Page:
After a great college career at Illinois, Luke Guthrie won twice in his first eight starts on the Korn Ferry Tour in 2012. It was a promising start to what many thought would lead to wins on the PGA Tour. Although he kept his Tour card for three consecutive years, the struggles started in 2016. He lost his Tour status, and things got worse on the KFT. Last year he missed 23 consecutive cuts. As I followed the Monday playoff I noticed Guthrie was carrying his bag from his college days. It must have brought him some good luck as he made a 5-foot par putt on the second playoff hole to make it through to the Valspar.

The Monday Q grind isn’t just about players. As Baldwin came out of scoring, he noticed multiple caddies were hanging around. They were making their pitch to carry a bag at the Valspar. It worked for at least one this week. 

Blake Kennedy turned pro six years ago; in his first year as a pro he Monday’d into the 2017 Wells Fargo. He missed the cut, and since then he has played exactly zero events on any of the PGA Tour sanctioned circuits. He finally made another breakthrough on Monday, tying for medalist honors.

A tough Monday Q course and some wind pushed tee times way behind. Baldwin had the 12:52 p.m. time. We headed to the tee around 12:35 only to find the last group from the morning wave hadn’t made the turn. We teed off more than a half-hour late. #MondayQlyfe.

Andrew McCain, a 27-year-old pro who played collegiately at Maryland, spent a year living out of his truck. He built a bed in the back and would overnight in hotel parking lots. On Monday he qualified for the Valspar. He’ll make his second Tour start; the first came at the 2020 Honda.

Some Tour events have multiple pro-ams, and the Tour is always looking for players to fill them. As a result, a lot of players use the pro-ams to help finance their chase of the Monday dream. Baldwin, for example, is playing in four pro-ams this week. Although he would much rather be playing in the Valspar, it’s a nice consolation to be able to make some money.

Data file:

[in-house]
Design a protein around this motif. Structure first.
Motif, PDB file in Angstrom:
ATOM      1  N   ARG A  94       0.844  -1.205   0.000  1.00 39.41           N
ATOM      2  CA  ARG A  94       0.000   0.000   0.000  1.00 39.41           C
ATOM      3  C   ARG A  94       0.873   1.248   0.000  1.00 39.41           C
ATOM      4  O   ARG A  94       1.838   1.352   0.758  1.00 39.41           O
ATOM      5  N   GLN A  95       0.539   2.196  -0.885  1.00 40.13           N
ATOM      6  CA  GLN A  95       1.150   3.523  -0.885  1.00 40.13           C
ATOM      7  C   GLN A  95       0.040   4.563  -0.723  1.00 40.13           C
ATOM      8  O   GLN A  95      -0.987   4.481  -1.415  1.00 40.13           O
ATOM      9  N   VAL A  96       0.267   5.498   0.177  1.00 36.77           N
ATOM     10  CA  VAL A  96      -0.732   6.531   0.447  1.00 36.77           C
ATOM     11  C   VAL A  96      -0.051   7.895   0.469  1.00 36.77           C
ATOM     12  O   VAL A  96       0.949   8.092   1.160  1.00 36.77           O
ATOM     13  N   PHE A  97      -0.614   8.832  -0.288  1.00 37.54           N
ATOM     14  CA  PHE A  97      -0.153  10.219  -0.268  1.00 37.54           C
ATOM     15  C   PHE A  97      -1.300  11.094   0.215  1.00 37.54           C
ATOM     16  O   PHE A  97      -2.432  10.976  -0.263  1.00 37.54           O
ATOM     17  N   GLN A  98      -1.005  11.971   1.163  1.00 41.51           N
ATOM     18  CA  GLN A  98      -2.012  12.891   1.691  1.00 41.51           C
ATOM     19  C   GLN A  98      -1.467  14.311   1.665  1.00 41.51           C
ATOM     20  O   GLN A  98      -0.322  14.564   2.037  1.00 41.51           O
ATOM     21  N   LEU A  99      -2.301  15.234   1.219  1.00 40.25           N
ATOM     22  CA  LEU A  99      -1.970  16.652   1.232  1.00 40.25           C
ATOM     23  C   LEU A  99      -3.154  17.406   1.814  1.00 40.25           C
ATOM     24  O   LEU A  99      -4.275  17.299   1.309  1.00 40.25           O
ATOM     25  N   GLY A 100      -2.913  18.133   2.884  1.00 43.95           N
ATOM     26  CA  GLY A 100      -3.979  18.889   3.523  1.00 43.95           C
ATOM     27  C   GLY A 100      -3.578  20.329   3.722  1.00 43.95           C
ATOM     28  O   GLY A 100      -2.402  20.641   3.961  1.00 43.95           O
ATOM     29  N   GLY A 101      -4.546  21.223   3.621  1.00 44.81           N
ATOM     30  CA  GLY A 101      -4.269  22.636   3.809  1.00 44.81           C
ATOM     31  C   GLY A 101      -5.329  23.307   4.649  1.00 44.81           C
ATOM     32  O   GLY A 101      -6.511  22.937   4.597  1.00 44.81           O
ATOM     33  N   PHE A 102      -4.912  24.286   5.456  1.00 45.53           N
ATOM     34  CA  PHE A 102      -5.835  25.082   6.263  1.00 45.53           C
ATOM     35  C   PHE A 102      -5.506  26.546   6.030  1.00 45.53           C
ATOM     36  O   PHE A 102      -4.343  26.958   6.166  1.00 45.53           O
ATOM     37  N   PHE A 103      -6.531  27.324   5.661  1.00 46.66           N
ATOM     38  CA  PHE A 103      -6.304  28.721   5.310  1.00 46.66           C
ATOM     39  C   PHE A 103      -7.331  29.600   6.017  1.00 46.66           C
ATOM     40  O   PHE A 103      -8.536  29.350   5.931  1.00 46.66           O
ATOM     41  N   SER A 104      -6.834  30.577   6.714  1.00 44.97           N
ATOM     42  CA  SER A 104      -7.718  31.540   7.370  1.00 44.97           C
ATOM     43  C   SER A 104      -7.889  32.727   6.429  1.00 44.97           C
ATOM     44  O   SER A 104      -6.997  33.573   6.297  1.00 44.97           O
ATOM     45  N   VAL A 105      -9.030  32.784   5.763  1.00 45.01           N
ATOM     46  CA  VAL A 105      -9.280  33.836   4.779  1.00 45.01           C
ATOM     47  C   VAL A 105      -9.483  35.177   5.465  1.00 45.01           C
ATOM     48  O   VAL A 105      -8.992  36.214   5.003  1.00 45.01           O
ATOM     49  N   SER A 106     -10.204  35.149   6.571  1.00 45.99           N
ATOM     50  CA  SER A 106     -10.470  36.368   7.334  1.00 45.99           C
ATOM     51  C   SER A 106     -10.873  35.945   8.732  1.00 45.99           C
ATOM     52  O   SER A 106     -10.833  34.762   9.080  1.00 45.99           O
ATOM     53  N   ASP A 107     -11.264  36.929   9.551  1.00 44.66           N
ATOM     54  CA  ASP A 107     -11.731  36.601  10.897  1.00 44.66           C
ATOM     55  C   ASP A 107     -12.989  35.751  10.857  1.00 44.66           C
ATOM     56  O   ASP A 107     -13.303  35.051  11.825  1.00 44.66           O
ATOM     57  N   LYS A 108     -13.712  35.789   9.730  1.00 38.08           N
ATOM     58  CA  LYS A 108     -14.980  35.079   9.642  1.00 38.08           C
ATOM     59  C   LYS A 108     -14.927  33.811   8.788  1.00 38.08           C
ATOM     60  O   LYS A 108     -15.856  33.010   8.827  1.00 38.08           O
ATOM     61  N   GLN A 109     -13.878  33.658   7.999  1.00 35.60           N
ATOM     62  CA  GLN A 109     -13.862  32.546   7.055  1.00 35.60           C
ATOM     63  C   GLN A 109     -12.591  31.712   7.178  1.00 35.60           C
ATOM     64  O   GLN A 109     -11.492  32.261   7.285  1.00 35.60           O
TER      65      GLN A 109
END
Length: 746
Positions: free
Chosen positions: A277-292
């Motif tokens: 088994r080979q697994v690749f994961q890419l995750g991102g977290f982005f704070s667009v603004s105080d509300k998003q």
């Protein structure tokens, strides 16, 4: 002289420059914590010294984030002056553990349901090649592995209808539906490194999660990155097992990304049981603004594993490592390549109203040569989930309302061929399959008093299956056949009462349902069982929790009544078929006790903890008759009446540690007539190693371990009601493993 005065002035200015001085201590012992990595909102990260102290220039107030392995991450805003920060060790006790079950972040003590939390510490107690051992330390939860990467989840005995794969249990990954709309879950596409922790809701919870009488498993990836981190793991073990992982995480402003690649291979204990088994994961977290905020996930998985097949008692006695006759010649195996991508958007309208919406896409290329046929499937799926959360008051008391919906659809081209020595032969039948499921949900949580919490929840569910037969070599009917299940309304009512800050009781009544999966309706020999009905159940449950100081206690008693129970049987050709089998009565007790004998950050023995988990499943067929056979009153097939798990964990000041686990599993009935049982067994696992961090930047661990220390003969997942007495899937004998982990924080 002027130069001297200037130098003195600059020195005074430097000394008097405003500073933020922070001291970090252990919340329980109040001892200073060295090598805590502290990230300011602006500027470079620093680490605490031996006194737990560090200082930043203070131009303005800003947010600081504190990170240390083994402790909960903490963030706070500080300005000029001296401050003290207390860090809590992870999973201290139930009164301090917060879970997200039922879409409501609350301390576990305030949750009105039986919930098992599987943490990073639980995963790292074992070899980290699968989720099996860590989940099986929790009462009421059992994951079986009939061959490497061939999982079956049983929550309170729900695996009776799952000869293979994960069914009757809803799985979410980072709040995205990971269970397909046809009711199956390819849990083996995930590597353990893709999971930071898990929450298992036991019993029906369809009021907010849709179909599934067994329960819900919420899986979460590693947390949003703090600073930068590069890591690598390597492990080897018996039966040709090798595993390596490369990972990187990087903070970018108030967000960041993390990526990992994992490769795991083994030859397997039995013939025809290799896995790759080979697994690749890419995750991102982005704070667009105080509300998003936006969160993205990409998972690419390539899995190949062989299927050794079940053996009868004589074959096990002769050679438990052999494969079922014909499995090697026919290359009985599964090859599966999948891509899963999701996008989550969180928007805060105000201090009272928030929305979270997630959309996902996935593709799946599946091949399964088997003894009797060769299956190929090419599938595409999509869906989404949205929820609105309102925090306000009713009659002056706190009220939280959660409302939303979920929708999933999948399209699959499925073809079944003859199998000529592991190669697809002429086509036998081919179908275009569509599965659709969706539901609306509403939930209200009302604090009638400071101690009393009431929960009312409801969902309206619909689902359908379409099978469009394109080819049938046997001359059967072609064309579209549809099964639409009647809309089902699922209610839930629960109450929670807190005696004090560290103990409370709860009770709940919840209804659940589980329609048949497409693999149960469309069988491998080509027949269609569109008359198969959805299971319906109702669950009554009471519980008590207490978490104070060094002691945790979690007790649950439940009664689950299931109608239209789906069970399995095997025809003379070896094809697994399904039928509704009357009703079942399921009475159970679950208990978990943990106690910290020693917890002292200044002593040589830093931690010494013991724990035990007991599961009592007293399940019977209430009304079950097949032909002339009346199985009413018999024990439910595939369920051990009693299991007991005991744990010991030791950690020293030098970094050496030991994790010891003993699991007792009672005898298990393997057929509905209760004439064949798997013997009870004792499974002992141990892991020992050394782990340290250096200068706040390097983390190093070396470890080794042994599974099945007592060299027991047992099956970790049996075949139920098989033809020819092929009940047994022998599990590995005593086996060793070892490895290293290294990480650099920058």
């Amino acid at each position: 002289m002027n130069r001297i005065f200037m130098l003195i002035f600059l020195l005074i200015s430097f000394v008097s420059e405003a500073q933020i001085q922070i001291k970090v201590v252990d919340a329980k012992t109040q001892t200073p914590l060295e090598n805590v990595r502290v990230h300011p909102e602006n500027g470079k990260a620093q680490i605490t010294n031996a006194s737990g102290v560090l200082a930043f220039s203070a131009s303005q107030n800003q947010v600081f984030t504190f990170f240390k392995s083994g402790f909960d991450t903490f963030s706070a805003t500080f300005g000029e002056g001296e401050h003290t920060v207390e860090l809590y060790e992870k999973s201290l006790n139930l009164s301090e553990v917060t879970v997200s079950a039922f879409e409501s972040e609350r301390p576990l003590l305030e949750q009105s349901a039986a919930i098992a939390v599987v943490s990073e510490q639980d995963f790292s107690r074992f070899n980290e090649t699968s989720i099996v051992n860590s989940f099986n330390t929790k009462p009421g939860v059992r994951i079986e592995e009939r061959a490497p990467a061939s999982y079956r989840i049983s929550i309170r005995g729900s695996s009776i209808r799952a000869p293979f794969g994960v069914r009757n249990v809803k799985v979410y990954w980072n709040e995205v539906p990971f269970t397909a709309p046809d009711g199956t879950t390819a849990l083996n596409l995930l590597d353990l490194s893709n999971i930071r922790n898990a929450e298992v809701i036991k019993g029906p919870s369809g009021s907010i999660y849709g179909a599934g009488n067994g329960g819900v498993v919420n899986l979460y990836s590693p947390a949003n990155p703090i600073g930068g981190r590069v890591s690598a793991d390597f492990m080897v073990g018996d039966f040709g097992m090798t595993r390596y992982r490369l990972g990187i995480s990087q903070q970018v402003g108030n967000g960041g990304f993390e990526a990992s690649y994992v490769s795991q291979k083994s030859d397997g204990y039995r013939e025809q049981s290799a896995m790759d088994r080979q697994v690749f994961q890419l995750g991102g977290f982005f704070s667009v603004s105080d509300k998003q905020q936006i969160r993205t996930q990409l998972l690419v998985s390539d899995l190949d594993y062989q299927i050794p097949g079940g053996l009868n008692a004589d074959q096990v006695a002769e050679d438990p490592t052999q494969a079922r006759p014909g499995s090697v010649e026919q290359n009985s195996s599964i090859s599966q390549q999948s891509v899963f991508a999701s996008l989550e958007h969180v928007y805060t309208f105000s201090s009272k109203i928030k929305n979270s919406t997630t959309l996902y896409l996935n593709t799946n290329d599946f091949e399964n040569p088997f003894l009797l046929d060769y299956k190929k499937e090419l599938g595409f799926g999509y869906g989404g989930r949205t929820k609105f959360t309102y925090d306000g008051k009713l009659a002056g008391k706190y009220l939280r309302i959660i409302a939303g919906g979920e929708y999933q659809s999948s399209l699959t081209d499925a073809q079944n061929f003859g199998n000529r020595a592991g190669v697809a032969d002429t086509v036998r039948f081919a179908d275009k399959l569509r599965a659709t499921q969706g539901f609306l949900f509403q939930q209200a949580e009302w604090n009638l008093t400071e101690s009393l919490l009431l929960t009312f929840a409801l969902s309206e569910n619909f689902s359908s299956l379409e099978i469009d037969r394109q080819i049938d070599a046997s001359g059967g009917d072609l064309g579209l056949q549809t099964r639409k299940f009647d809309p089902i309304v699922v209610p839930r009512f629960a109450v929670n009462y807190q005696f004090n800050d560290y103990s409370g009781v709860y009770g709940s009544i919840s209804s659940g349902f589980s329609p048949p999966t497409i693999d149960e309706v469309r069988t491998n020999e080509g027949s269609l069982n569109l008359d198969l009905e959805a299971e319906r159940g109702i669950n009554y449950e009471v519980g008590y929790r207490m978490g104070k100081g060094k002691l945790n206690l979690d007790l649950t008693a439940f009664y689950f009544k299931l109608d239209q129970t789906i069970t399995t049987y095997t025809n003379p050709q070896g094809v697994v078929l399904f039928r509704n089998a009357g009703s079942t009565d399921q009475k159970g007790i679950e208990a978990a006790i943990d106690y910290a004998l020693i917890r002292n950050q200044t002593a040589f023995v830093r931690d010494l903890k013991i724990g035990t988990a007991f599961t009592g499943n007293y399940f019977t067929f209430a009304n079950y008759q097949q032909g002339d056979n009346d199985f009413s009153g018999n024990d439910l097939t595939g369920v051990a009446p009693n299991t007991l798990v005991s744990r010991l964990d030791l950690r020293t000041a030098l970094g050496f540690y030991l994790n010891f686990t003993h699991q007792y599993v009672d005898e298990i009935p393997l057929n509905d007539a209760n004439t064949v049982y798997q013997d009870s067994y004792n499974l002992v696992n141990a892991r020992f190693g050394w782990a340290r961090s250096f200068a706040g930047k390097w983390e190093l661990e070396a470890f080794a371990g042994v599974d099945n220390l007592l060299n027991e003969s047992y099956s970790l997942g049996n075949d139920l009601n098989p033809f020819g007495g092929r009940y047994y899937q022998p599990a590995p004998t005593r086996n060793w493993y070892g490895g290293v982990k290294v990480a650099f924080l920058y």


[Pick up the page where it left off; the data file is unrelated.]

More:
Life as an alternate: As Baldwin and I pulled into the lot for the Monday Q, we saw Dylan Wu, who at the time was the fourth alternate for the Valspar. With the Players running into Monday, he thought he would get in on his number. He considered not playing the qualifier but decided he would, just in case. He fell three shots short, but by the end of the day had moved up to first alternate. Then he received a sponsor’s exemption.

1 thought on “Monday Q Review: Valspar Championship”

  1. That was an ouchy Monday qualifier for M. Baldwin. At least the various Pro-Am’s offer up a payday to play some golf. Better than not playing and not receiving a paycheck. I did not know there were so many Pro-Am’s on TOUR until recently when I was reading about Mark Baldwin. Thought there was only 1 per week. Live and learn!

    I noted that Blake Kennedy finished last at Valspar, but he made the cut and earned his first PGA TOUR paycheck (looks to be $15,978) and he did make a comeback of sorts in the final round. He bogeyed seven of his first 11 holes yesterday and then made 3 birdies in a row (13, 14 and 15) + a good bogey save at 16 after finding agua off the tee so it added up to a 76 instead of 78 or 79. And he’s exempt from “Pre-Qualifying” again this TOUR season so that’s a money and time-saving +plus+.

    Shame that A. McCain missed the cut; didn’t play badly overall but the first round set him back. He would’ve needed a second round 65 to make the weekend. A 69 is a good score; just not enough after the 74.

    I was watching the leaderboard on Friday afternoon with the ShotLink and I saw Luke Guthrie at one point was -4 on his back nine on Friday — which was the Front. He made a nice birdie putt on the Par-3 8th to get back to -3 after a couple of bogeys . . . but I noticed he had three putts of approx. 6 feet on three of his last 5 holes and none of them dropped. All three putts were par putts from 5 ft 8 inches, 5 feet 9 inches and 6 feet 1 inch (on his last hole, the ninth, for a ‘4’). Stress! Coulda, shoulda, woulda made the cut. And didn’t. Golf is a merciless game much of the time, but it’s those times when you make a much-needed putt that keeps players coming back. Thinking of an example: Rick Lamb at Honda a couple of weeks ago had MQ’ed and needed a birdie to play the weekend at +3 thru 17*. So he had the Par-4 9th Hole to play . . . he found the fairway then hit it to 10 feet and made the birdie putt to finish +2 and stick around. He played solid golf all week: 72-70-70-70=282 (+2) and finish T-30th to earn a paycheck of $43,000. IF only Luke had made one of those three 6-footers coming in on Friday . . .